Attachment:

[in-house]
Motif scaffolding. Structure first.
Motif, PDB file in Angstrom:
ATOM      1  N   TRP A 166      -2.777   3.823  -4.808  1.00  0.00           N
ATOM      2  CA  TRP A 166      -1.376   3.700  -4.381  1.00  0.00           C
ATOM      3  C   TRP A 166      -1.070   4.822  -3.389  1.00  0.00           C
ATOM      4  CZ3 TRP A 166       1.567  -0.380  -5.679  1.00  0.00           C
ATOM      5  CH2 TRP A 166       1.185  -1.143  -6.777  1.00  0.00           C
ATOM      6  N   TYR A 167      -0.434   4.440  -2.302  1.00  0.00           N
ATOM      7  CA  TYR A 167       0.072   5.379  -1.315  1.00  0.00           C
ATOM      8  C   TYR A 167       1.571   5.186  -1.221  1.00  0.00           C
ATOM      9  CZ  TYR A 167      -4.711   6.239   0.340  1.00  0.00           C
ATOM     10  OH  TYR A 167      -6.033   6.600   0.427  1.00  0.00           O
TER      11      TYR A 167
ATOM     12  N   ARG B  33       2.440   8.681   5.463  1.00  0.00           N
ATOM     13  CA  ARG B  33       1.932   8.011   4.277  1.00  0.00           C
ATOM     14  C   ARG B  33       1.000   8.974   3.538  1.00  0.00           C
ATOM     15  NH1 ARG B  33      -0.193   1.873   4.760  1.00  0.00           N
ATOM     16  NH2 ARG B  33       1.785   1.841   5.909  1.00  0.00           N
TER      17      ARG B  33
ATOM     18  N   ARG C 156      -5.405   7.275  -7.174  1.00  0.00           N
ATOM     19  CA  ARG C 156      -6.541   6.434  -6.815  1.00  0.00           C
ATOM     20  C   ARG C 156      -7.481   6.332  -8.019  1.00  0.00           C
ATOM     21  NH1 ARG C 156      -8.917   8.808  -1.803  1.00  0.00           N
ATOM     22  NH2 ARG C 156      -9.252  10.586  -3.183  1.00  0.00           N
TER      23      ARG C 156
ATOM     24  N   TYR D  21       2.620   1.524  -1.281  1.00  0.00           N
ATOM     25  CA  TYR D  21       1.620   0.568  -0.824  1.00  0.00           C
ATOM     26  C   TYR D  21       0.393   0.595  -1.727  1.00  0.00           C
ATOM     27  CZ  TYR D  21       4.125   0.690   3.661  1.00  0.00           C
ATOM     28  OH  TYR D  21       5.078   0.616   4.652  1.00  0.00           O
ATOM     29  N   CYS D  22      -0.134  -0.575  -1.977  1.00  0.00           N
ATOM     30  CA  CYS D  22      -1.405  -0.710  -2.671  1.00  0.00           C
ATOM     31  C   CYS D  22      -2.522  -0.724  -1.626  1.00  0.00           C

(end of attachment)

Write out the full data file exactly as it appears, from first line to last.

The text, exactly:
[in-house]
Motif scaffolding. Structure first.
Motif, PDB file in Angstrom:
ATOM      1  N   TRP A 166      -2.777   3.823  -4.808  1.00  0.00           N
ATOM      2  CA  TRP A 166      -1.376   3.700  -4.381  1.00  0.00           C
ATOM      3  C   TRP A 166      -1.070   4.822  -3.389  1.00  0.00           C
ATOM      4  CZ3 TRP A 166       1.567  -0.380  -5.679  1.00  0.00           C
ATOM      5  CH2 TRP A 166       1.185  -1.143  -6.777  1.00  0.00           C
ATOM      6  N   TYR A 167      -0.434   4.440  -2.302  1.00  0.00           N
ATOM      7  CA  TYR A 167       0.072   5.379  -1.315  1.00  0.00           C
ATOM      8  C   TYR A 167       1.571   5.186  -1.221  1.00  0.00           C
ATOM      9  CZ  TYR A 167      -4.711   6.239   0.340  1.00  0.00           C
ATOM     10  OH  TYR A 167      -6.033   6.600   0.427  1.00  0.00           O
TER      11      TYR A 167
ATOM     12  N   ARG B  33       2.440   8.681   5.463  1.00  0.00           N
ATOM     13  CA  ARG B  33       1.932   8.011   4.277  1.00  0.00           C
ATOM     14  C   ARG B  33       1.000   8.974   3.538  1.00  0.00           C
ATOM     15  NH1 ARG B  33      -0.193   1.873   4.760  1.00  0.00           N
ATOM     16  NH2 ARG B  33       1.785   1.841   5.909  1.00  0.00           N
TER      17      ARG B  33
ATOM     18  N   ARG C 156      -5.405   7.275  -7.174  1.00  0.00           N
ATOM     19  CA  ARG C 156      -6.541   6.434  -6.815  1.00  0.00           C
ATOM     20  C   ARG C 156      -7.481   6.332  -8.019  1.00  0.00           C
ATOM     21  NH1 ARG C 156      -8.917   8.808  -1.803  1.00  0.00           N
ATOM     22  NH2 ARG C 156      -9.252  10.586  -3.183  1.00  0.00           N
TER      23      ARG C 156
ATOM     24  N   TYR D  21       2.620   1.524  -1.281  1.00  0.00           N
ATOM     25  CA  TYR D  21       1.620   0.568  -0.824  1.00  0.00           C
ATOM     26  C   TYR D  21       0.393   0.595  -1.727  1.00  0.00           C
ATOM     27  CZ  TYR D  21       4.125   0.690   3.661  1.00  0.00           C
ATOM     28  OH  TYR D  21       5.078   0.616   4.652  1.00  0.00           O
ATOM     29  N   CYS D  22      -0.134  -0.575  -1.977  1.00  0.00           N
ATOM     30  CA  CYS D  22      -1.405  -0.710  -2.671  1.00  0.00           C
ATOM     31  C   CYS D  22      -2.522  -0.724  -1.626  1.00  0.00           C